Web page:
So my constructs are mostly around love (love of others and love of self), hard work, family, and good. I’m a big fan of good. And I get to decide what good is.

Hopefully that gives you an idea of where I’m at now, and where I came from.

It sounds like you’ve been exceptionally thoughtful about your de-conversion, and like your family has been remarkably supportive of it, all things considered.

I’d like to back up a little bit. Do you remember when you first encountered the idea of atheism? What did you think of it?

I do remember. I was eight or nine, stalling at bedtime, watching the news behind my dad’s armchair. The human interest story was about an elementary-aged boy who was bullied at school because he was an atheist. The other students on camera called him “Satanist” and even a few of the teachers admitted they were uneasy knowing he was “godless.” The father was interviewed, and he (rightfully) said it was ridiculous that they should be so cruel to his son. That was my first image and concept of people who lived completely outside of religious boundaries.

Of course, in Utah we have “Jack Mormons,” people who are technically baptized members but follow little or none of the religious tenants (the LDS version of the “cafeteria Catholic”). But this boy in the news was using that word, atheist, and it was a scary-sounding word. I thought of all I had heard about black holes, and thought this was probably the human theological equivalent.

When did you first start to think, “Oh, this might describe me“?

There were three major cracks that happened in my faith. The first was when I was 16. A bishop who I’d felt particularly close to was excommunicated for adultery. This really made me distrust authority figures in my ward. The second crack was when I was 19. A friend cracked a joke about Joseph Smith’s many wives, and naively I said, “Oh, you mean Brigham Young, right?” He looked me in the eye and said, No, definitely Joseph Smith; google it. I did, and found information buried on the church’s own website about Joseph’s polygamous marriages–something I had never, ever heard of despite spending 20+ hours a week on church meetings/seminary/personal scripture study. This really made me feel betrayed and sheltered by my own church, and sent me down the research rabbit hole.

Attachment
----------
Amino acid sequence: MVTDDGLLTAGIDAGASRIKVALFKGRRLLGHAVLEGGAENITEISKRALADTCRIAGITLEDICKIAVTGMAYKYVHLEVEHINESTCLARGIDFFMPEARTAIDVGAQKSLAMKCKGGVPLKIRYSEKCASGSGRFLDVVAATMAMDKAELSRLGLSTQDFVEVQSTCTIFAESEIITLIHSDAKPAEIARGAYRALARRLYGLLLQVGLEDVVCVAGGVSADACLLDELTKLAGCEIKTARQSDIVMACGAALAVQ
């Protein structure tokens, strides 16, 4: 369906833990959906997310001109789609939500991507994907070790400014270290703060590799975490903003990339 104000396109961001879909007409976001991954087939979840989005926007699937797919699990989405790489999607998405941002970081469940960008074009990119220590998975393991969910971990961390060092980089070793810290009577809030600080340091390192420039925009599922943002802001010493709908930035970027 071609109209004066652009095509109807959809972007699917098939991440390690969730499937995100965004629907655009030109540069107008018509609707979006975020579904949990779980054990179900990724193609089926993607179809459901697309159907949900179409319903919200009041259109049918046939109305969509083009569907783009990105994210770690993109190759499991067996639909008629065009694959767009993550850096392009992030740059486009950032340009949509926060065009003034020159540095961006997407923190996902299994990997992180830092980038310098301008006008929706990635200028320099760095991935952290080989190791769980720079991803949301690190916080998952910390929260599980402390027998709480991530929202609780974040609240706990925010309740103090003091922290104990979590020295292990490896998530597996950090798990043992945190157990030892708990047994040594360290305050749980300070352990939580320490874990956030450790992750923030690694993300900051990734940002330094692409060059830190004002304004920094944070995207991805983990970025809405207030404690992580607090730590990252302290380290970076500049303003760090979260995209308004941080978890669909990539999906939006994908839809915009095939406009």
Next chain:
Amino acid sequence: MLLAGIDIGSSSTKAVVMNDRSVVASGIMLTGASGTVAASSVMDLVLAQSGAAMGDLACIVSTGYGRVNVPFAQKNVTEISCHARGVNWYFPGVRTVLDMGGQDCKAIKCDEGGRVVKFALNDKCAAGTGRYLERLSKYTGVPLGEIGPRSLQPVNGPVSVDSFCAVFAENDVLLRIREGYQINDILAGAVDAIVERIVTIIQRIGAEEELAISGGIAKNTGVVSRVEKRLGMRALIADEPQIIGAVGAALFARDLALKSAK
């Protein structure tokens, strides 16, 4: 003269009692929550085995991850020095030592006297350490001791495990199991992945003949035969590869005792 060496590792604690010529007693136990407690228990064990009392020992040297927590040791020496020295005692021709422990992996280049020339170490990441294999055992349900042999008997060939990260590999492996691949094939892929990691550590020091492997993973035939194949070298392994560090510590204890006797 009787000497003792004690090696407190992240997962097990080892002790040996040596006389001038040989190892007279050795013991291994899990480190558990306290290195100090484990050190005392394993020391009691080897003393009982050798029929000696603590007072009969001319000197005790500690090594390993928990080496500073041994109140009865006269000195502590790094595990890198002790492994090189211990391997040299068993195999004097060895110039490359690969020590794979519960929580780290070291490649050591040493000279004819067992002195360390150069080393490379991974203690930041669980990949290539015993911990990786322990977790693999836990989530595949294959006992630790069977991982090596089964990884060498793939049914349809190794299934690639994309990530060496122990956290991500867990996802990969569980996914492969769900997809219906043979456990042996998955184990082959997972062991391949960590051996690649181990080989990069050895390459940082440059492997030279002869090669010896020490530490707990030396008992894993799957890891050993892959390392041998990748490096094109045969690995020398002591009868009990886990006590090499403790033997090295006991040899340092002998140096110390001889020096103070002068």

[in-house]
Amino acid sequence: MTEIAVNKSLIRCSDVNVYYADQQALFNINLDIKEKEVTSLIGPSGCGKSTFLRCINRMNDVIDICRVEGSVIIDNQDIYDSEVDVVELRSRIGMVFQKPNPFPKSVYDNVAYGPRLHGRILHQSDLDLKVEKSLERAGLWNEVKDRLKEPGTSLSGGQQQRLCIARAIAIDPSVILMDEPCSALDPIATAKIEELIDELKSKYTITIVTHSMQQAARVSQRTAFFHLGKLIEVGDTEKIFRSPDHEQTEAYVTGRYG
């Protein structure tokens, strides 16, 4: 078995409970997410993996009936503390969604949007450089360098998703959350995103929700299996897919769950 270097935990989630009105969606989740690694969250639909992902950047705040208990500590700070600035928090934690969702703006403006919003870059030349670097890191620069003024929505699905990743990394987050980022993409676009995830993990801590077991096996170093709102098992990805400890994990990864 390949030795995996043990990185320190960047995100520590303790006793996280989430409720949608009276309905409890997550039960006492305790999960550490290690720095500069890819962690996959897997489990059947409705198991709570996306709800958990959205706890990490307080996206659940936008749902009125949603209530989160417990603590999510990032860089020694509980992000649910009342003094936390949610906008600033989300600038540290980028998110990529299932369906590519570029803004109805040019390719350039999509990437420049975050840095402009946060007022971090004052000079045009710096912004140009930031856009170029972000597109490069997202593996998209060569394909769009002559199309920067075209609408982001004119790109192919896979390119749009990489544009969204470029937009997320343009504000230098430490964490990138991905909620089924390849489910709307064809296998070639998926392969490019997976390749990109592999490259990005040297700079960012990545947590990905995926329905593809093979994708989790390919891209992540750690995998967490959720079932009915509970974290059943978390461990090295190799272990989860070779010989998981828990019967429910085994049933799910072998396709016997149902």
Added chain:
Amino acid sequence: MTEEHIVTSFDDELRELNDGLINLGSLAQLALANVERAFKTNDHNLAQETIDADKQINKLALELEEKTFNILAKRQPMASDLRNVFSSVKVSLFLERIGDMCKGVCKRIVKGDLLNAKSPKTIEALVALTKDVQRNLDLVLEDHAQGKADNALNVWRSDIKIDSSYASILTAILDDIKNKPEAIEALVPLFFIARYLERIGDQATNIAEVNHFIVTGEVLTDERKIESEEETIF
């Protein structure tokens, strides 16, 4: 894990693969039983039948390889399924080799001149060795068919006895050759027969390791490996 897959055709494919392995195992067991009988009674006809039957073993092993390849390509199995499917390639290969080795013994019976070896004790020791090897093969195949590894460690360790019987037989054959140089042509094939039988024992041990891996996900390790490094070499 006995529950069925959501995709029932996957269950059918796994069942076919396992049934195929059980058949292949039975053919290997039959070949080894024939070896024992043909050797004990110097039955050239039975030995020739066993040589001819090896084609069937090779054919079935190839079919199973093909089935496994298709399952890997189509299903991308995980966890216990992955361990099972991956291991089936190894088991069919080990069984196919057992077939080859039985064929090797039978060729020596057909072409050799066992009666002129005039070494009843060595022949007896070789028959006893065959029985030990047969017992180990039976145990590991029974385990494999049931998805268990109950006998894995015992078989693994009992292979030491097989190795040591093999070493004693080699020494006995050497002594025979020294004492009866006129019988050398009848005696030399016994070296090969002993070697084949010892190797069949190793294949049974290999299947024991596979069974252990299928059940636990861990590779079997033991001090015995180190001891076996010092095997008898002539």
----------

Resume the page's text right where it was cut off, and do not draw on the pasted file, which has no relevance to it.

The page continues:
The third crack was the big one, and it came in a pretty significant but simultaneously small moment–the birth of my daughter. I’d been reading online forums of ex-Mormons, reading Richard Dawkins, reading Christopher Hitchens, and wondered, if there truly was no god, then what was there instead? What was the source of all beauty, all love, all good? Or was it all just human construct, and the truth was that everything was meaningless?

Well, when I held my daughter, whatever notion of god that had been clinging for life in my conscious was quickly pushed off the cliff, Mufasa-style. Here was beauty, love, and goodness in my arms, and the source didn’t matter. I could be without god and still have access to all the good things that I thought I’d forfeit if I left religion altogether. Atheist was the term that all the assholes I was reading and watching used, and so that’s the term I used for a long time.

You told me to remind you of Mormon magical realism at some point, and I’d love to hear more about that.

Mormon magical realism…oh, man. I could also call it Mormon folk tales, or Mormon urban legends. I’ll give you a few examples. All of these were stories or “facts” I heard from adult teachers and leaders in either Sunday school or seminary. All of these were presented to me as doctrine. I don’t know how much these vary from state to state, and there is a very clear delineation between Utah Mormons and everyone else.

1) Garments (the so-called “magic underwear” that worthy, temple-endowed adult members of the LDS church wear) not only provide spiritual protection, but also physical protection. Stories I heard in Sunday school told of a friend of a friend (who knew a guy) who was wearing his garments during a house fire, and was burned everywhere except where the garments touched his skin. Another story was about another friend of a friend (who knew a guy) who wore his special-issue camouflage garments while serving in a war zone, and was shot only in places where the garments didn’t cover his skin.